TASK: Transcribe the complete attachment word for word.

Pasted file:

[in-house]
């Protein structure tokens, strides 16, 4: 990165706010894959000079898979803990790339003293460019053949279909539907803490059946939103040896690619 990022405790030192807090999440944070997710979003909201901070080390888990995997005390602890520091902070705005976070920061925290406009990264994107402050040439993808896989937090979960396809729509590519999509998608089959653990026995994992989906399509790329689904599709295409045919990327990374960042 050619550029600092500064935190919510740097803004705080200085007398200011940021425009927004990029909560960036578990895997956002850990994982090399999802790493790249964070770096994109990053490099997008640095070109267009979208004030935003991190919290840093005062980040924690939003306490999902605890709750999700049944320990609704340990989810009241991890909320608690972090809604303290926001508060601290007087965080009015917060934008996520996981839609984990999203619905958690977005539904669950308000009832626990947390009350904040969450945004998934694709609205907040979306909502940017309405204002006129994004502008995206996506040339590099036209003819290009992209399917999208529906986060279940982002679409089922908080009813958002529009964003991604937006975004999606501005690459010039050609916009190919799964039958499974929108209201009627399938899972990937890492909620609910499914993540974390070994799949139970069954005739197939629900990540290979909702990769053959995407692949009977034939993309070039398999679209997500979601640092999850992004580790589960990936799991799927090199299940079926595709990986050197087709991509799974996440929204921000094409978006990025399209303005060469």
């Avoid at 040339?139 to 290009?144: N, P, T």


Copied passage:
[in-house]
């Protein structure tokens, strides 16, 4: 990165706010894959000079898979803990790339003293460019053949279909539907803490059946939103040896690619 990022405790030192807090999440944070997710979003909201901070080390888990995997005390602890520091902070705005976070920061925290406009990264994107402050040439993808896989937090979960396809729509590519999509998608089959653990026995994992989906399509790329689904599709295409045919990327990374960042 050619550029600092500064935190919510740097803004705080200085007398200011940021425009927004990029909560960036578990895997956002850990994982090399999802790493790249964070770096994109990053490099997008640095070109267009979208004030935003991190919290840093005062980040924690939003306490999902605890709750999700049944320990609704340990989810009241991890909320608690972090809604303290926001508060601290007087965080009015917060934008996520996981839609984990999203619905958690977005539904669950308000009832626990947390009350904040969450945004998934694709609205907040979306909502940017309405204002006129994004502008995206996506040339590099036209003819290009992209399917999208529906986060279940982002679409089922908080009813958002529009964003991604937006975004999606501005690459010039050609916009190919799964039958499974929108209201009627399938899972990937890492909620609910499914993540974390070994799949139970069954005739197939629900990540290979909702990769053959995407692949009977034939993309070039398999679209997500979601640092999850992004580790589960990936799991799927090199299940079926595709990986050197087709991509799974996440929204921000094409978006990025399209303005060469």
């Avoid at 040339?139 to 290009?144: N, P, T």